Book Title: Sahara – A Journey of Love, Loss and Survival
Author: Paula Constant
Promotional Blurb: A journey of love, loss and survival.
Having walked more than 5000 kilometres from Trafalgar Square to Morocco, Paula Constant finds herself at the westernmost edge of the Sahara Desert – and the brink of sanity. The wheels have fallen off her marriage and her funds are quickly drying up, but she is determined to complete the second stage: walking through the romantic Big Empty of Northern Africa to Cairo.
Sahara is the story of Paula’s struggle to overcome her innermost demons and take control of her journey, her camels and the men she hires to guide her through one of planet’s most extreme regions. Illness, landmines and political red tape stand between Paula and the realisation of a life’s dream.
Sahara is a thrilling adventure and a story of joy, heartache, inspiration and despair. But, above all, it’s a celebration of the human spirit in all its guises. Source.
My Thoughts: This is a good read, but a baffling one. You have to admire Constant for her bravery and sheer ‘grit’, but she seems to lurch from one disaster to another and does not seem to learn from her mistakes. Mistakes? Personally, I’ve made plenty, but I do my best not to replicate them and certainly not in an unforgiving and uncompromising environment like a desert.
My bafflement stems from why anyone would want to walk across a desert in the first place? I have no doubt that it can be incredibly beautiful and a mesmerising landscape, but is it really worth all the hardship and agony? And is it really 7,000km worth of beauty?
“My mind goes far away when I walk through the Big Empty (her title for the desert) that I barely know what is real and what is imagination, and when I know it is time to stop, I draw myself reluctantly out of dreaming”.
And she would need to be dreaming to avoid the train wreck that is her life. Her husband has left her, her marriage on the rocks, and then she tumbles into an affair of sorts with a local man – all the while walking across a desert with little money and three moody camels.
The problem is probably mine, as I had really enjoyed her first book – Slow Journey South – and I came to this next book with her previous book firmly entrenched in my mind. In Slow Journey South there was a true sense of adventure, a sense of ‘hang it, why not?’ and possibly, more humour. Sahara is pure grimness and grind.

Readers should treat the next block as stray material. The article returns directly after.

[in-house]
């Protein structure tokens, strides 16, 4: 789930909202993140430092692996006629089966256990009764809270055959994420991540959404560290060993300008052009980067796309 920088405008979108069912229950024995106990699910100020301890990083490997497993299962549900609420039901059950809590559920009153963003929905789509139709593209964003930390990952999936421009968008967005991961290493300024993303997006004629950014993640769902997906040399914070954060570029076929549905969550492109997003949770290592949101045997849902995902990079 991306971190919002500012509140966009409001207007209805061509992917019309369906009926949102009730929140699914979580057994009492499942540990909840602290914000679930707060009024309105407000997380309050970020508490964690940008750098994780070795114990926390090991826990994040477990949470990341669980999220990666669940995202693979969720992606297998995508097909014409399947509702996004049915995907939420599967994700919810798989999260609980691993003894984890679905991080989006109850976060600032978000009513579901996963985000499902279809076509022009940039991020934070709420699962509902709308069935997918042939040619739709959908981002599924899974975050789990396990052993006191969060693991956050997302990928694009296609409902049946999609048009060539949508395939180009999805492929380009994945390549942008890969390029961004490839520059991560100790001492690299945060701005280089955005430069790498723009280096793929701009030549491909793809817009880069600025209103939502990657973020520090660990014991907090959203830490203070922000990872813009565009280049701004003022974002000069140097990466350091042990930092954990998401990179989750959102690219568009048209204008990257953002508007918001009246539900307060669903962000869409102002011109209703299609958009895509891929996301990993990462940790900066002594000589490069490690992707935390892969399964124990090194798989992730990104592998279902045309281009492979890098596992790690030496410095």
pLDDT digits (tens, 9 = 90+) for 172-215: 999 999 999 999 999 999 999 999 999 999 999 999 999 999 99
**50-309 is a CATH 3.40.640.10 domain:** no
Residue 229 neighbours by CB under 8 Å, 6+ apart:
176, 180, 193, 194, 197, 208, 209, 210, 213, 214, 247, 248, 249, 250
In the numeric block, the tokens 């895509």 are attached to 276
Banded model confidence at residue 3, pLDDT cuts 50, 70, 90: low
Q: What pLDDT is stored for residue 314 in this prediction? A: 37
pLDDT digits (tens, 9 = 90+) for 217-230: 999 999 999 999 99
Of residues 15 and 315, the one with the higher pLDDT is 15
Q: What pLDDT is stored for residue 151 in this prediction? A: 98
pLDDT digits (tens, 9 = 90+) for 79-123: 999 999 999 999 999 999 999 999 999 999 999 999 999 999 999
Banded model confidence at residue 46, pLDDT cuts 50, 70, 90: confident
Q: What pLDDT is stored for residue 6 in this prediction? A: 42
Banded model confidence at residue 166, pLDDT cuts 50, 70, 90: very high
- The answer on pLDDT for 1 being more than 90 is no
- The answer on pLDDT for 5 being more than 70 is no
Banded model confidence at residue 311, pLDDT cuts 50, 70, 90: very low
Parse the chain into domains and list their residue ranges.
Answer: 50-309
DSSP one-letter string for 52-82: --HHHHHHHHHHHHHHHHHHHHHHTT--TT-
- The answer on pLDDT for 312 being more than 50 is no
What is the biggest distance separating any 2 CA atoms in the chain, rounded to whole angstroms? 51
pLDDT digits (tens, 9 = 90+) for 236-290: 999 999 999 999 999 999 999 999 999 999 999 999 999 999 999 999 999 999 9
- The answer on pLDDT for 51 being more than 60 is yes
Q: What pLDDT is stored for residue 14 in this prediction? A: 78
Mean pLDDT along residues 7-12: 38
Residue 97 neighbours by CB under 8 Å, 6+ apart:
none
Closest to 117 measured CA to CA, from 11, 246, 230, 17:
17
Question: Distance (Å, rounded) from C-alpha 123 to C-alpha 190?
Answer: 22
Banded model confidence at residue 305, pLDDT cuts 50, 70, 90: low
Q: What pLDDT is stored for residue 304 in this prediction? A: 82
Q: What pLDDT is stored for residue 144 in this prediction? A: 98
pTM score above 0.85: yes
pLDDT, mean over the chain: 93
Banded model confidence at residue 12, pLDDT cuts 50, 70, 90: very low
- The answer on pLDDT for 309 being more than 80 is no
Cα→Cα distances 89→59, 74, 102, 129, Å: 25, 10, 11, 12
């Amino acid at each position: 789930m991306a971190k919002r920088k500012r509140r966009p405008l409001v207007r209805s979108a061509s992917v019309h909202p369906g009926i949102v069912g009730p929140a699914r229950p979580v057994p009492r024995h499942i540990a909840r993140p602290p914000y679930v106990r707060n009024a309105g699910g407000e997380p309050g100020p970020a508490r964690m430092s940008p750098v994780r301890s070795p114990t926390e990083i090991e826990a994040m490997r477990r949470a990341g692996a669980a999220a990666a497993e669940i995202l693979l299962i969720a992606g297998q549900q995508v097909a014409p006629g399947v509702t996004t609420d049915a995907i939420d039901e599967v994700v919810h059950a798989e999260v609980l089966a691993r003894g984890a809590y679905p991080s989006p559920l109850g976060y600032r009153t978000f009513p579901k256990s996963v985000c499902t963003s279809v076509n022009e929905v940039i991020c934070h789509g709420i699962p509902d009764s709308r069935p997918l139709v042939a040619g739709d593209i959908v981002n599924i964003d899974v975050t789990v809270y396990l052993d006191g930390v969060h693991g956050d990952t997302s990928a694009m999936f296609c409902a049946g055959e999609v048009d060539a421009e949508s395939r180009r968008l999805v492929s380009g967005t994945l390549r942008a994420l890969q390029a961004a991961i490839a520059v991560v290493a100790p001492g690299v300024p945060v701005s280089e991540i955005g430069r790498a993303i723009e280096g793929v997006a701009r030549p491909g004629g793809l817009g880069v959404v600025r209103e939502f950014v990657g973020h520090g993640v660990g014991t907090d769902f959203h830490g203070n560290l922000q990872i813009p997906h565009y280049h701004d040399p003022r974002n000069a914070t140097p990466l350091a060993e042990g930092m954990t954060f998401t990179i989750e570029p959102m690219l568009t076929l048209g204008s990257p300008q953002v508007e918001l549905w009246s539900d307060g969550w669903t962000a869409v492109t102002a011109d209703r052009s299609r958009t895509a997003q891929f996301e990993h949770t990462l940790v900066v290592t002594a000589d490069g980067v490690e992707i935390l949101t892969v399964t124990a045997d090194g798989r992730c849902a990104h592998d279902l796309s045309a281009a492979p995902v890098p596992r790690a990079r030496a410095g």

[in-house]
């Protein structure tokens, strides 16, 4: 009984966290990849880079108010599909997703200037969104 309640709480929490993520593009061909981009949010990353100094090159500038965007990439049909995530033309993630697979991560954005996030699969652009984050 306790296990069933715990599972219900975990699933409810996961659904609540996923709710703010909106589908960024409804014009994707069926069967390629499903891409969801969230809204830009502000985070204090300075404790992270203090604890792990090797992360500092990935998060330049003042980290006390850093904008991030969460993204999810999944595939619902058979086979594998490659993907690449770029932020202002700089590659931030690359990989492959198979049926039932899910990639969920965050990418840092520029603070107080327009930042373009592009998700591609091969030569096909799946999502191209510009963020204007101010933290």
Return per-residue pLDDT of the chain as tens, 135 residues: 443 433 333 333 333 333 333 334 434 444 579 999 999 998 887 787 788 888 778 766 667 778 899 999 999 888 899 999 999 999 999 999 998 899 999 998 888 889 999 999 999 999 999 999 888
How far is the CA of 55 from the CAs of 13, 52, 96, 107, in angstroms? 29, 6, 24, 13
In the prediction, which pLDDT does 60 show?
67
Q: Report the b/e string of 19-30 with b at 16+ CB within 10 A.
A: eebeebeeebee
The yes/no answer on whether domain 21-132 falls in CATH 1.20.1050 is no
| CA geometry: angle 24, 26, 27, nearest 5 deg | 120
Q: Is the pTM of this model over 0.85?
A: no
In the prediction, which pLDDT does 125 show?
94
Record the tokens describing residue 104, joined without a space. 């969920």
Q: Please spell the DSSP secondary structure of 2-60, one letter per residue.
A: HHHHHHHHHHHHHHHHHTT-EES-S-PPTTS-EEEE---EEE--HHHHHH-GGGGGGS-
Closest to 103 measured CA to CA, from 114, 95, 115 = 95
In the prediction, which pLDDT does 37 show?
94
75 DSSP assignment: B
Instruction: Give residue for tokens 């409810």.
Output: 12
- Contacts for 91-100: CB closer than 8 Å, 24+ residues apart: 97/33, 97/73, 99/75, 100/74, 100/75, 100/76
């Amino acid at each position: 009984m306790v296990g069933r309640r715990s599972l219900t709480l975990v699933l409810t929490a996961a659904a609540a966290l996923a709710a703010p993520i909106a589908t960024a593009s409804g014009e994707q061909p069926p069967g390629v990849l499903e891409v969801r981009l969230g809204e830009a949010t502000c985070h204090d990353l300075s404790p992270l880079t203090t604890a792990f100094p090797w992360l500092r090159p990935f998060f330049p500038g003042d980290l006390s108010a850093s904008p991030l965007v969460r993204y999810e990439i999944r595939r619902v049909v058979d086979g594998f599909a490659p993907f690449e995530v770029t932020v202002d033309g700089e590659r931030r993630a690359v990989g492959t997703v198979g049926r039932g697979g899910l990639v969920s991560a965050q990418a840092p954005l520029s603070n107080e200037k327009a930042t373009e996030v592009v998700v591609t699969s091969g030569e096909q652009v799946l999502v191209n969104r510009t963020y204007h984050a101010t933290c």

She is exhausted, filthy dirty and is taken for a ride by almost every local she meets, and I am not talking about a camel ride. She gets ill, almost dying from renal failure, and yet is single-minded about walking across the continent. To me, there is a fine line between passion and dedication vs sheer obstinacy and recklessness. I found myself losing some respect for her as she continued to place herself, and others, in danger and I often wondered, “what’s the point”?
“Gradually, I have come to appreciate that the doing of it was, and still is, immensely satisfying and rewarding”.
Agreed, but at what cost? Personal cost? Financial cost? What good did she do? Or am I missing the point? Maybe I am simply not brave enough to undertake such a gigantic and daring adventure, for the very sake of adventure.
I do admire the scale of what she achieved, but not to the detriment of everything and everyone around her, and I am not sure it was even fun. Maybe we are all born with different definitions of ‘fun’. I know many people roll their eyes at me as I set out on another long walk.
If you love stories of gargantuan effort or have a passion for deserts, especially the Sahara, then you will really enjoy this book. Constant can write, and it is an engaging story, but a painful one at times. I gave it 7/10.
Author bio: Paula Constant began walking from Trafalgar Square in 2004. Since then, she has walked over 12000km through eight countries: England, France, Spain, Portugal, Morocco, Mauritania, Mali and Niger. From 2005-2007, Paula walked over 7000km through the Sahara, until she was halted by civil war in Niger. Her first book, Slow Journey South, was released by Random House in 2008. Source.
Author blog or website: paulaconstant.com
Publisher: Random House/Penguin
Available from: Book Depository for AUD$32.68.
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